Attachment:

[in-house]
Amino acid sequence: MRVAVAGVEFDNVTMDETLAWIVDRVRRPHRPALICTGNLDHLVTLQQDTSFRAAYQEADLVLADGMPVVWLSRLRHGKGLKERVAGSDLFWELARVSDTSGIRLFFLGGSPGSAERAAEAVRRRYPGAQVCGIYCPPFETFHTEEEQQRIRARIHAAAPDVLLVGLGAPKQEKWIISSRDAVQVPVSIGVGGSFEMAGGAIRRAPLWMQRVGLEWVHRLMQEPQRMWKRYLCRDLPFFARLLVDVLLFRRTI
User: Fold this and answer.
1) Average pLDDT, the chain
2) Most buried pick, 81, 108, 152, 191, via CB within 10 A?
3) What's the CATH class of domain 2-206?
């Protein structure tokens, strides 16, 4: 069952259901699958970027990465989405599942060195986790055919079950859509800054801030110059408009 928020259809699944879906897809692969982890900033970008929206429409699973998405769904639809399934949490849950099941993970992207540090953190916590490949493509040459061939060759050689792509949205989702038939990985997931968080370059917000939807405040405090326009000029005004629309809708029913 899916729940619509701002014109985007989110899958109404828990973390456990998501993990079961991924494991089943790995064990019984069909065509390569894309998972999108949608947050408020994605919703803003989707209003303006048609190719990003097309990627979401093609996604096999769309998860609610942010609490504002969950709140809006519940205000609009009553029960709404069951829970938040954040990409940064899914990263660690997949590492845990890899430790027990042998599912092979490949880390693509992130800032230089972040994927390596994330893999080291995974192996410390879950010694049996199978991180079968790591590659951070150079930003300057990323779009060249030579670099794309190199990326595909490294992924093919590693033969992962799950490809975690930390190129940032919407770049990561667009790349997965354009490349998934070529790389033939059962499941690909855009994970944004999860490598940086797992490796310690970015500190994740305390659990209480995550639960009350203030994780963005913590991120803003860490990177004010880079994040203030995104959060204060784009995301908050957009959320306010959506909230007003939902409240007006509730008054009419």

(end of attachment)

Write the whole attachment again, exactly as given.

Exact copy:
[in-house]
Amino acid sequence: MRVAVAGVEFDNVTMDETLAWIVDRVRRPHRPALICTGNLDHLVTLQQDTSFRAAYQEADLVLADGMPVVWLSRLRHGKGLKERVAGSDLFWELARVSDTSGIRLFFLGGSPGSAERAAEAVRRRYPGAQVCGIYCPPFETFHTEEEQQRIRARIHAAAPDVLLVGLGAPKQEKWIISSRDAVQVPVSIGVGGSFEMAGGAIRRAPLWMQRVGLEWVHRLMQEPQRMWKRYLCRDLPFFARLLVDVLLFRRTI
User: Fold this and answer.
1) Average pLDDT, the chain
2) Most buried pick, 81, 108, 152, 191, via CB within 10 A?
3) What's the CATH class of domain 2-206?
């Protein structure tokens, strides 16, 4: 069952259901699958970027990465989405599942060195986790055919079950859509800054801030110059408009 928020259809699944879906897809692969982890900033970008929206429409699973998405769904639809399934949490849950099941993970992207540090953190916590490949493509040459061939060759050689792509949205989702038939990985997931968080370059917000939807405040405090326009000029005004629309809708029913 899916729940619509701002014109985007989110899958109404828990973390456990998501993990079961991924494991089943790995064990019984069909065509390569894309998972999108949608947050408020994605919703803003989707209003303006048609190719990003097309990627979401093609996604096999769309998860609610942010609490504002969950709140809006519940205000609009009553029960709404069951829970938040954040990409940064899914990263660690997949590492845990890899430790027990042998599912092979490949880390693509992130800032230089972040994927390596994330893999080291995974192996410390879950010694049996199978991180079968790591590659951070150079930003300057990323779009060249030579670099794309190199990326595909490294992924093919590693033969992962799950490809975690930390190129940032919407770049990561667009790349997965354009490349998934070529790389033939059962499941690909855009994970944004999860490598940086797992490796310690970015500190994740305390659990209480995550639960009350203030994780963005913590991120803003860490990177004010880079994040203030995104959060204060784009995301908050957009959320306010959506909230007003939902409240007006509730008054009419």